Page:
“God made the vittles, but the devil made the cook,” was a popular saying used by seafaring men in the last century when salted beef was staple diet aboard ship.
This tough, cured beef, suitable only for long voyages when nothing else was as cheap or would keep as well, required prolonged chewing to make it edible. Since men often chewed one chunk for hours, just as if it were chewing gum, they referred to this practice as chewing the fat.
Today this term is used to describe a conversation, and I wanted to share a review today of a new television series, which (Warning) does show very graphic violence -- however, there is a reason for the violence that is 'fleshed out' in the series. Thus, while it is graphic, it is not necessary senseless.
The Bastard Executioner (Series Review)
There have only been two episodes of this new series on FX (technically three because the pilot was officially two episodes), however I will offer a few thoughts on the latest work by Kurt Sutter, who created of the popular television series, Sons of Anarchy. (website)
In short, I like it. The series is very violent and very graphic as it follows the development of the 'savior of the Welch people,' who are living in what was called the Welsh Marches at the time. From the days of William the Conqueror until the early 1300's, the area had been fraught with rebellion and the English barons who controlled the territory were required by necessity of control to exercise harsh measures. The Welsh were naturally not happy about that.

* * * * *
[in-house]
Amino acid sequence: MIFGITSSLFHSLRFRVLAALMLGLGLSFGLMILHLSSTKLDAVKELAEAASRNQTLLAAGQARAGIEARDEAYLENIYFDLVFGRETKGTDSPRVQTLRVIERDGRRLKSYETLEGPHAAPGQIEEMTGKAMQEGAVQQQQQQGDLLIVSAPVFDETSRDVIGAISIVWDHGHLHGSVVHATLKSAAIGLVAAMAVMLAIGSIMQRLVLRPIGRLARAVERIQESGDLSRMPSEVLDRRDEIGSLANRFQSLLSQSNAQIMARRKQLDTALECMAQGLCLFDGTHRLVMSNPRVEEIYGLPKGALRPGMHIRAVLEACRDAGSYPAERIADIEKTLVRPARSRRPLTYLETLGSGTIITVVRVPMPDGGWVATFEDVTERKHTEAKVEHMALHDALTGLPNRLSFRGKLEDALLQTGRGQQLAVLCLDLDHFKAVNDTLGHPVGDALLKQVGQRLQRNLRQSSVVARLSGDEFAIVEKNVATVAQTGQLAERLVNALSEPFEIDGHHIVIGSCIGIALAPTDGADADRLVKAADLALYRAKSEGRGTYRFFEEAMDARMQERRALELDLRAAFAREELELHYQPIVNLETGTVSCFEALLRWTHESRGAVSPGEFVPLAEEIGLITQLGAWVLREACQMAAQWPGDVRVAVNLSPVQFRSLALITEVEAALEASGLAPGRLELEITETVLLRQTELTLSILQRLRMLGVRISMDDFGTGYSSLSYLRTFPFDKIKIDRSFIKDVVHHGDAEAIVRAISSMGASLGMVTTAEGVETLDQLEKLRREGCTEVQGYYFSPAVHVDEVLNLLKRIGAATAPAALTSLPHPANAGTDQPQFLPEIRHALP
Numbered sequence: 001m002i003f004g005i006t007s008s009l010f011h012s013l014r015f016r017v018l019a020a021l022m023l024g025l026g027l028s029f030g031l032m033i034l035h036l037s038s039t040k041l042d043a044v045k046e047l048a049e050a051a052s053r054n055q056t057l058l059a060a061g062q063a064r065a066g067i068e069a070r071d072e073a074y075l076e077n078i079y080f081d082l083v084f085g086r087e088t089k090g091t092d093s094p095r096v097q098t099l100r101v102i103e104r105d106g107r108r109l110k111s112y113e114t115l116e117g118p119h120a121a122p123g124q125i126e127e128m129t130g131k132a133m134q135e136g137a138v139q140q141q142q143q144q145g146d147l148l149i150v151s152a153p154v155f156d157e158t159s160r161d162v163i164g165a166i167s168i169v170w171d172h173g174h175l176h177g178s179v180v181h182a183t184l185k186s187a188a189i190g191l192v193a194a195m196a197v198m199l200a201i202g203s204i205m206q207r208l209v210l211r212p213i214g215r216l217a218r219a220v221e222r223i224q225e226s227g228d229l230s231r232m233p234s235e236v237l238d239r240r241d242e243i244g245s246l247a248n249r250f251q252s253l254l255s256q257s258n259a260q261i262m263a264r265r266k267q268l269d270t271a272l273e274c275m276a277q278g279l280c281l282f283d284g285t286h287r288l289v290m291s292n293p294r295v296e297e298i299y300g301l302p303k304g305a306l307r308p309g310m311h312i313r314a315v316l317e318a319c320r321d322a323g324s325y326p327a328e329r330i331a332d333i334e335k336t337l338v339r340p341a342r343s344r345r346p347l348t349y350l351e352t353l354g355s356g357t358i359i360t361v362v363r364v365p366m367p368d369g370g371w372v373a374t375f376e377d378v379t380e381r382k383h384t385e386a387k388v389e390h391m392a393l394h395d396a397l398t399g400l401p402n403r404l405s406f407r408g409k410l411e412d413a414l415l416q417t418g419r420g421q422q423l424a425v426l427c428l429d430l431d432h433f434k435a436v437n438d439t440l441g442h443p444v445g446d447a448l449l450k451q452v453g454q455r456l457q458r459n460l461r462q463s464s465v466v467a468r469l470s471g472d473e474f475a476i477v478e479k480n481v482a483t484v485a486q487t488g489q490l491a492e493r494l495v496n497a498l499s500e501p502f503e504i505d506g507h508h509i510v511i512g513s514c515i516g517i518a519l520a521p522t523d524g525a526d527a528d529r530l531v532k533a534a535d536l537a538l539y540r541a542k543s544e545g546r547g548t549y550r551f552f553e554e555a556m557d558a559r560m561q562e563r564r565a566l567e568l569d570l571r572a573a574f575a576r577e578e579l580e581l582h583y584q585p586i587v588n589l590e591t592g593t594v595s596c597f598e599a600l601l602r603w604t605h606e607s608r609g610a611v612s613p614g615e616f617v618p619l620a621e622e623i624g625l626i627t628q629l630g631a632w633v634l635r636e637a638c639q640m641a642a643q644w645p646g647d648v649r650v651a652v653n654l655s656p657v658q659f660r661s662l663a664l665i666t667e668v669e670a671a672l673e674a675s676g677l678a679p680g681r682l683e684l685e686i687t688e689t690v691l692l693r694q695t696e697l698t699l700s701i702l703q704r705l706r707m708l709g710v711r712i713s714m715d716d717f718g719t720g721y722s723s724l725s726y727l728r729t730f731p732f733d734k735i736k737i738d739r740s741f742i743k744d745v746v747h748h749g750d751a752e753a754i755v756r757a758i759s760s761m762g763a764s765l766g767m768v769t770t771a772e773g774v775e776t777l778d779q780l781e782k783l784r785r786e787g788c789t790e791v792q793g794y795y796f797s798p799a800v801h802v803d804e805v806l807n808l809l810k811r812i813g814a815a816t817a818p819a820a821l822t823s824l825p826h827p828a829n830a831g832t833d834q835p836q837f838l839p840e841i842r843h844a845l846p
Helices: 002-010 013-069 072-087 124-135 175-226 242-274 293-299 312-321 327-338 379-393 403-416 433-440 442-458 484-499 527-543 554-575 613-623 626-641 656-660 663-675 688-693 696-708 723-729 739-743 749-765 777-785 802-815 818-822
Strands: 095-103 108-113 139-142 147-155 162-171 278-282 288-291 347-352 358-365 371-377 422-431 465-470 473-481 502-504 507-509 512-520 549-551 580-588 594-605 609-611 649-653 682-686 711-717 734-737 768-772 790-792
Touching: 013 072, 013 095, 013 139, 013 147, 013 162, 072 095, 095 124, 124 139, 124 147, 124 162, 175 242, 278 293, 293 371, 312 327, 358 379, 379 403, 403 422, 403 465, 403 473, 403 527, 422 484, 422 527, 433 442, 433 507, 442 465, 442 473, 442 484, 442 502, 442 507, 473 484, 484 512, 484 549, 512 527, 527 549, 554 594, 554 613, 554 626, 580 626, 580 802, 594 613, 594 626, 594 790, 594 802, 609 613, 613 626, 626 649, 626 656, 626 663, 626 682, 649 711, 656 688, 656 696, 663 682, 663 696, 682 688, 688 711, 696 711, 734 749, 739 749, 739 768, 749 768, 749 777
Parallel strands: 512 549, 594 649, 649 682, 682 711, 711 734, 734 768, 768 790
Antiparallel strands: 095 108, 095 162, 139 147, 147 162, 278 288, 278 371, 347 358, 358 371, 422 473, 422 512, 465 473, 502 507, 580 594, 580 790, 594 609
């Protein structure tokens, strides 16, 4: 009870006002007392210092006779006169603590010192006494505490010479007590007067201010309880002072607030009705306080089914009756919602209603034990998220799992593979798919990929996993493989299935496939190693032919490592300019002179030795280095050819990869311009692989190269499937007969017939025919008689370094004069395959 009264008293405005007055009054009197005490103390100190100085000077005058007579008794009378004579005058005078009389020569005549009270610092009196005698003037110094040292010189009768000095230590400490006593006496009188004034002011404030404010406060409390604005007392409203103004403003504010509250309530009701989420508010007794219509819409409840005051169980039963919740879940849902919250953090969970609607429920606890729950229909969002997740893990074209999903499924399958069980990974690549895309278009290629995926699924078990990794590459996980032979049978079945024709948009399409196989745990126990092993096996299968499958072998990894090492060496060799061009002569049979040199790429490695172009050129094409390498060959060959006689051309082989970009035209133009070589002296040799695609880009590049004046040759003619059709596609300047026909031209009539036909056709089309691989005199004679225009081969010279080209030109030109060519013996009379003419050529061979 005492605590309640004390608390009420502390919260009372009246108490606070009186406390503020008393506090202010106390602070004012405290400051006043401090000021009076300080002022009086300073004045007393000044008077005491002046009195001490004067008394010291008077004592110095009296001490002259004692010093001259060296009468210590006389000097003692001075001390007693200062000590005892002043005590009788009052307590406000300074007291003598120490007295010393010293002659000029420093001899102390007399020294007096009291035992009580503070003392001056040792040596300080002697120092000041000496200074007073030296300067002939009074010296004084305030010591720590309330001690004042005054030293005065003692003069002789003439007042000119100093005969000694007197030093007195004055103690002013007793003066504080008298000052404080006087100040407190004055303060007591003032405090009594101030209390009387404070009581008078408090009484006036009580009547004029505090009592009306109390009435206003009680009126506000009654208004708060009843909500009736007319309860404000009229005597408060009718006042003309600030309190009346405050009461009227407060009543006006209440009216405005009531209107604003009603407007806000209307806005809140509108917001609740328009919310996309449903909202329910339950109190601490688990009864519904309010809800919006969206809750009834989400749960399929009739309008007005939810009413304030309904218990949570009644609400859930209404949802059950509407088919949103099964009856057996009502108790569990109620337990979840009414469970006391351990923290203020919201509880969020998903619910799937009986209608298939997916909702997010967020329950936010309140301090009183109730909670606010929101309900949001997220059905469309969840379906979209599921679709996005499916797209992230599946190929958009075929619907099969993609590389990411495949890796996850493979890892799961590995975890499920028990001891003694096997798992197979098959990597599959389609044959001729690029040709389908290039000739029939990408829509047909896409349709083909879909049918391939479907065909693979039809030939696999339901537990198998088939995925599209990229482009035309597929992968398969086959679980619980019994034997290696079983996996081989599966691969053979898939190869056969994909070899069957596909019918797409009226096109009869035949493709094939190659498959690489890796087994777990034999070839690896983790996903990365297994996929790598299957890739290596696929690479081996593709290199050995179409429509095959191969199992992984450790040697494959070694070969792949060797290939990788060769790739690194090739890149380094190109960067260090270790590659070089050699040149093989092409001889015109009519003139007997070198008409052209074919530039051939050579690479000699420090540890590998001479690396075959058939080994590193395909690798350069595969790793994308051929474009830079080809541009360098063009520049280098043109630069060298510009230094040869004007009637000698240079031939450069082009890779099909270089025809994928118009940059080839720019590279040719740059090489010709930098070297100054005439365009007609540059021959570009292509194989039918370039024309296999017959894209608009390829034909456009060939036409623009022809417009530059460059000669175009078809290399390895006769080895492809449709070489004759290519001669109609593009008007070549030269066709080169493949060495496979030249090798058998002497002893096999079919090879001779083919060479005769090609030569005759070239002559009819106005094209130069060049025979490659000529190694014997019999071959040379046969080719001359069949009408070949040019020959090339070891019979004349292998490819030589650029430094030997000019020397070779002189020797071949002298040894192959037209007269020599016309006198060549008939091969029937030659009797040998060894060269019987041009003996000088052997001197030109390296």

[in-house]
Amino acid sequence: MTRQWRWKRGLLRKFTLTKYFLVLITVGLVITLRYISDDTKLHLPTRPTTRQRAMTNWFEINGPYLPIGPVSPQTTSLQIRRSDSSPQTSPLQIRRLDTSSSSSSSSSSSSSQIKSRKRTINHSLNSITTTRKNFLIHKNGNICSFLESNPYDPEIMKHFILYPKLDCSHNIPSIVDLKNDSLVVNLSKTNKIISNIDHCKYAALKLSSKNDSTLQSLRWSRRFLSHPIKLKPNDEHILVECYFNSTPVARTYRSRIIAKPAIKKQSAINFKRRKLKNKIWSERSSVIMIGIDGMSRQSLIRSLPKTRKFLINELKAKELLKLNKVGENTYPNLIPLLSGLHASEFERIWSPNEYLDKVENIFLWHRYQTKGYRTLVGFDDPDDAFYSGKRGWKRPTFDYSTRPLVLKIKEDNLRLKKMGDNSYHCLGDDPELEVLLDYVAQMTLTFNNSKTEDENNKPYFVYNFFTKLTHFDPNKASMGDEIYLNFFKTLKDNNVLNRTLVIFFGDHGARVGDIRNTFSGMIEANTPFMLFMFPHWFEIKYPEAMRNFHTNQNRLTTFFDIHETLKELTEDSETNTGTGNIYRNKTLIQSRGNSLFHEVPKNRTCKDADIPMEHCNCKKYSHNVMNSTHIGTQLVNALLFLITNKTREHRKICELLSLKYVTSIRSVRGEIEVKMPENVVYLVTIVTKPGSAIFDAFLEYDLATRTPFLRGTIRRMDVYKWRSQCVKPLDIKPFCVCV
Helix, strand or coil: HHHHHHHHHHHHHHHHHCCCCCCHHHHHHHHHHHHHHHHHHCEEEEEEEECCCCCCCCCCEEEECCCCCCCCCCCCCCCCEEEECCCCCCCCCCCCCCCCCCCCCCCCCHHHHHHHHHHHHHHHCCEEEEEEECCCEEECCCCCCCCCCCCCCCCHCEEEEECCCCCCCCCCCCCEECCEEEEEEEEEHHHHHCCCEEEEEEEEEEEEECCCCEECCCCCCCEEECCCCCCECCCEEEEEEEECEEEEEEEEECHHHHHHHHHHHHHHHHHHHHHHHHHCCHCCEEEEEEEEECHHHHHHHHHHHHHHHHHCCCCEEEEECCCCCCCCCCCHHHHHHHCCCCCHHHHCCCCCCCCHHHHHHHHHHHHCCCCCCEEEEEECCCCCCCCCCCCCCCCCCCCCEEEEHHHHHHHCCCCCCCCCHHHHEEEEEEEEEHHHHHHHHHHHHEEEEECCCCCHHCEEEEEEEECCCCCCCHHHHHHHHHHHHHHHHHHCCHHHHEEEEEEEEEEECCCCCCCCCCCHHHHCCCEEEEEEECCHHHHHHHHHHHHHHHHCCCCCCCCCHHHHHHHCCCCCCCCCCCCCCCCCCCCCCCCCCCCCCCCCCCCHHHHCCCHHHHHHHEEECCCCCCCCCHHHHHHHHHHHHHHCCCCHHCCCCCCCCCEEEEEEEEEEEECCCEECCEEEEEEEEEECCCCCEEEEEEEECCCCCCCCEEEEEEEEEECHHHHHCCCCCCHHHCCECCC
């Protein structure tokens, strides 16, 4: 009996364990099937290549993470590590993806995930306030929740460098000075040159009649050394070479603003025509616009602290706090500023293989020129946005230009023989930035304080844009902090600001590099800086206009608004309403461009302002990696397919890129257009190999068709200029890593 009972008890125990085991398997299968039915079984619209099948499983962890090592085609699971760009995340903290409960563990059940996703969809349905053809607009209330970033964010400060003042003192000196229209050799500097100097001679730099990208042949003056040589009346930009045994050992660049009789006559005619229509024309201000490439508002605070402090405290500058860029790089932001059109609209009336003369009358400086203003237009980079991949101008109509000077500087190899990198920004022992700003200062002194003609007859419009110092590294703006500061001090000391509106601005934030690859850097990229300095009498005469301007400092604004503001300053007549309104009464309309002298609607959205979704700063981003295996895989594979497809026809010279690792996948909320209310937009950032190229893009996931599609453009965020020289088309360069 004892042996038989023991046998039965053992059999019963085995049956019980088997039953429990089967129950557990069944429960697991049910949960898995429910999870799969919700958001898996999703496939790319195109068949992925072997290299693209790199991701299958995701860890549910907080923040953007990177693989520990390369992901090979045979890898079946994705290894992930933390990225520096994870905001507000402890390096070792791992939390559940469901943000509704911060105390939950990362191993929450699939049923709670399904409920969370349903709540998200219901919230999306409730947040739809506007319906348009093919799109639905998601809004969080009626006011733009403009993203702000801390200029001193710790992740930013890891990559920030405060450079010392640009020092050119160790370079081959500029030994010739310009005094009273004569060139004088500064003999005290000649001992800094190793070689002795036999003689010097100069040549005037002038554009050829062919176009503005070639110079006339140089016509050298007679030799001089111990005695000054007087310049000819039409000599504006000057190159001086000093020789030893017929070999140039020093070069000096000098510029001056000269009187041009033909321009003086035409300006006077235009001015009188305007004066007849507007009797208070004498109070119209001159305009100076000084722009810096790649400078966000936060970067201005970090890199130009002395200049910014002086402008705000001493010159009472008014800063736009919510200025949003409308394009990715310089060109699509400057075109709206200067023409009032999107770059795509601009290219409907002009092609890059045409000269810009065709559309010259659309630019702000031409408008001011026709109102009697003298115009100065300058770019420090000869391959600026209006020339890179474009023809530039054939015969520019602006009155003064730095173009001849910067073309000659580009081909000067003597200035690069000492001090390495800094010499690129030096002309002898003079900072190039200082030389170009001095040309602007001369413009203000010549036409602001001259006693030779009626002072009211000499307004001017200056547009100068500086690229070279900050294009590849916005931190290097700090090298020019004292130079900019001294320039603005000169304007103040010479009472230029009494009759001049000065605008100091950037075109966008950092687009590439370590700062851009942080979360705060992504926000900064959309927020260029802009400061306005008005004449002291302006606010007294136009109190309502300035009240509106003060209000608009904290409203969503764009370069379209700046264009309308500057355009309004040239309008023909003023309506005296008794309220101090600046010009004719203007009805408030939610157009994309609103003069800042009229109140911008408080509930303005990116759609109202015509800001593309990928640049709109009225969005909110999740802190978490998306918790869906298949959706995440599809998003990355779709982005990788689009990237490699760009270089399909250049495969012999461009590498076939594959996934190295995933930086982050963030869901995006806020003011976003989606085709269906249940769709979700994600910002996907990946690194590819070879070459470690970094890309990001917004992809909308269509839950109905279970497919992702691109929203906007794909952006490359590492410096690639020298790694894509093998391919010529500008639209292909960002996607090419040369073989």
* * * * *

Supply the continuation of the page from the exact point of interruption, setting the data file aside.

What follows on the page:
The plot involves the somewhat mystical destiny of Wilkin Brattle (Lee Jones), a knight in the service of Edward I, who ends up living the humble life of a farmer on the Welsh Coast after he and his men were intentionally led into an ambush. He is guided by Annora of the Alders (Katy Sagal), a witch, who acts as a spiritual advisor. Wilkin is guided to assume the identity of Maddox, a traveling/journeyman executioner and punisher as part of God's plan.
There are hints that Wilkin's mother and father may be Annora and her badly burned traveling companion, but that has yet to be explored, possibly in future episodes.
The arms and armor in the television series are exceptionally well done as is the period representation of the sets. I'm accustomed to seeing these things done "half-assed" but credit goes to Sutter for research and effort to get it right and to have his characters act the way people would have acted in 1300, without the political correctness of 2015.